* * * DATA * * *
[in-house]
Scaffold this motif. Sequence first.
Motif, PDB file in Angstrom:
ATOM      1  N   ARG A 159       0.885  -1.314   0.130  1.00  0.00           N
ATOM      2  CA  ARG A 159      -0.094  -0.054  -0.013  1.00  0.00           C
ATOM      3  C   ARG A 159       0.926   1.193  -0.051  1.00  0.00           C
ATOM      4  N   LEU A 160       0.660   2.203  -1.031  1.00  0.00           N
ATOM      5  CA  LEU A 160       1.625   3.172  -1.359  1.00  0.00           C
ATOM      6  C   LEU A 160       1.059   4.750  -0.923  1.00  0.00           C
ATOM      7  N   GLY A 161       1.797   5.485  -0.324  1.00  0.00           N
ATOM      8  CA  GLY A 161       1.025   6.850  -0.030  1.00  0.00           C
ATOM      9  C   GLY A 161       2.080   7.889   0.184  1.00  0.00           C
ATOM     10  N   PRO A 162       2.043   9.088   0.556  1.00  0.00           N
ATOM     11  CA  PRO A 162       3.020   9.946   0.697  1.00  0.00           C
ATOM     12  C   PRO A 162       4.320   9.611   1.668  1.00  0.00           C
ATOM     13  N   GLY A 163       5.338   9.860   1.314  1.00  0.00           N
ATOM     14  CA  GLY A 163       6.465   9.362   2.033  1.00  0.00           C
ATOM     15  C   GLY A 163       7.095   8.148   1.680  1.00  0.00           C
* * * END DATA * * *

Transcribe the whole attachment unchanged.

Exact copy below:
[in-house]
Scaffold this motif. Sequence first.
Motif, PDB file in Angstrom:
ATOM      1  N   ARG A 159       0.885  -1.314   0.130  1.00  0.00           N
ATOM      2  CA  ARG A 159      -0.094  -0.054  -0.013  1.00  0.00           C
ATOM      3  C   ARG A 159       0.926   1.193  -0.051  1.00  0.00           C
ATOM      4  N   LEU A 160       0.660   2.203  -1.031  1.00  0.00           N
ATOM      5  CA  LEU A 160       1.625   3.172  -1.359  1.00  0.00           C
ATOM      6  C   LEU A 160       1.059   4.750  -0.923  1.00  0.00           C
ATOM      7  N   GLY A 161       1.797   5.485  -0.324  1.00  0.00           N
ATOM      8  CA  GLY A 161       1.025   6.850  -0.030  1.00  0.00           C
ATOM      9  C   GLY A 161       2.080   7.889   0.184  1.00  0.00           C
ATOM     10  N   PRO A 162       2.043   9.088   0.556  1.00  0.00           N
ATOM     11  CA  PRO A 162       3.020   9.946   0.697  1.00  0.00           C
ATOM     12  C   PRO A 162       4.320   9.611   1.668  1.00  0.00           C
ATOM     13  N   GLY A 163       5.338   9.860   1.314  1.00  0.00           N
ATOM     14  CA  GLY A 163       6.465   9.362   2.033  1.00  0.00           C
ATOM     15  C   GLY A 163       7.095   8.148   1.680  1.00  0.00           C